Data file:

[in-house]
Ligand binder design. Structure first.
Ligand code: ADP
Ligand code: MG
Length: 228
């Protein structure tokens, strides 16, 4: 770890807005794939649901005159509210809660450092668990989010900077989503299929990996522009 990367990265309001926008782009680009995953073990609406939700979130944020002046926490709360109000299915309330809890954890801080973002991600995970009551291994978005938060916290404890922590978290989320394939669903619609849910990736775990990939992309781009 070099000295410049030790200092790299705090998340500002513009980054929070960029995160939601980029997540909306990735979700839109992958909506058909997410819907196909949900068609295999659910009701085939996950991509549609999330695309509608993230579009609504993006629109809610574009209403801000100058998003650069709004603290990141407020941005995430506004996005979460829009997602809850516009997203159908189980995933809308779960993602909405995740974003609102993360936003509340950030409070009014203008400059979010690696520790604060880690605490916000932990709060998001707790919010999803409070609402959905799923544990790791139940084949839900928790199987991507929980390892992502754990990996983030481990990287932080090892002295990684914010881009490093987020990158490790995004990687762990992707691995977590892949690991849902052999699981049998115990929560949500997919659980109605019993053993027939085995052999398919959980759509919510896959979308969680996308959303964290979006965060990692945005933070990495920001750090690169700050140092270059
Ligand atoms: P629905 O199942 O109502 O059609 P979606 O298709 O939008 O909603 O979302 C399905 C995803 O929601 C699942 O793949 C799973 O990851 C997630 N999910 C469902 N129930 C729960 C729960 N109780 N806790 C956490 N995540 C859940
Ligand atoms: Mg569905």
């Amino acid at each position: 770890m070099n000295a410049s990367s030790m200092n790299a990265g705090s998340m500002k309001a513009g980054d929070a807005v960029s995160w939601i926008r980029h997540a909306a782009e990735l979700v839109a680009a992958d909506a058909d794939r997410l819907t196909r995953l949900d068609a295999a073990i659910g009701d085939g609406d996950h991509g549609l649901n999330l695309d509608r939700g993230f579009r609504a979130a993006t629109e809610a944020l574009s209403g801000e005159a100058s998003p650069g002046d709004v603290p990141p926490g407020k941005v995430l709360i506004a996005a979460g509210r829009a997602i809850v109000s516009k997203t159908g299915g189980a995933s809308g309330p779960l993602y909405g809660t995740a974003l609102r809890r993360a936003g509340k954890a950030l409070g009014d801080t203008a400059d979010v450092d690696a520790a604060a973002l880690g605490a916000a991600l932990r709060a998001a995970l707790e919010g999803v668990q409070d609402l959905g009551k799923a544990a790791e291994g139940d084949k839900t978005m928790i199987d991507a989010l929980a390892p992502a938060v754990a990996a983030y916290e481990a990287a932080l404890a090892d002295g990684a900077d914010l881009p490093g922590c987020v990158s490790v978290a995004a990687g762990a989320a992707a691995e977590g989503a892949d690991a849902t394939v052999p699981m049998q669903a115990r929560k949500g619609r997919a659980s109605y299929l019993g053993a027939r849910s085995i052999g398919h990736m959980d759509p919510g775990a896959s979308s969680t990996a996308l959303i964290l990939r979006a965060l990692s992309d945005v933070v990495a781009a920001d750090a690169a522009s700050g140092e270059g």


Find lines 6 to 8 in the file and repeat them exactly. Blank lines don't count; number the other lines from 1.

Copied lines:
């Protein structure tokens, strides 16, 4: 770890807005794939649901005159509210809660450092668990989010900077989503299929990996522009 990367990265309001926008782009680009995953073990609406939700979130944020002046926490709360109000299915309330809890954890801080973002991600995970009551291994978005938060916290404890922590978290989320394939669903619609849910990736775990990939992309781009 070099000295410049030790200092790299705090998340500002513009980054929070960029995160939601980029997540909306990735979700839109992958909506058909997410819907196909949900068609295999659910009701085939996950991509549609999330695309509608993230579009609504993006629109809610574009209403801000100058998003650069709004603290990141407020941005995430506004996005979460829009997602809850516009997203159908189980995933809308779960993602909405995740974003609102993360936003509340950030409070009014203008400059979010690696520790604060880690605490916000932990709060998001707790919010999803409070609402959905799923544990790791139940084949839900928790199987991507929980390892992502754990990996983030481990990287932080090892002295990684914010881009490093987020990158490790995004990687762990992707691995977590892949690991849902052999699981049998115990929560949500997919659980109605019993053993027939085995052999398919959980759509919510896959979308969680996308959303964290979006965060990692945005933070990495920001750090690169700050140092270059
Ligand atoms: P629905 O199942 O109502 O059609 P979606 O298709 O939008 O909603 O979302 C399905 C995803 O929601 C699942 O793949 C799973 O990851 C997630 N999910 C469902 N129930 C729960 C729960 N109780 N806790 C956490 N995540 C859940
Ligand atoms: Mg569905």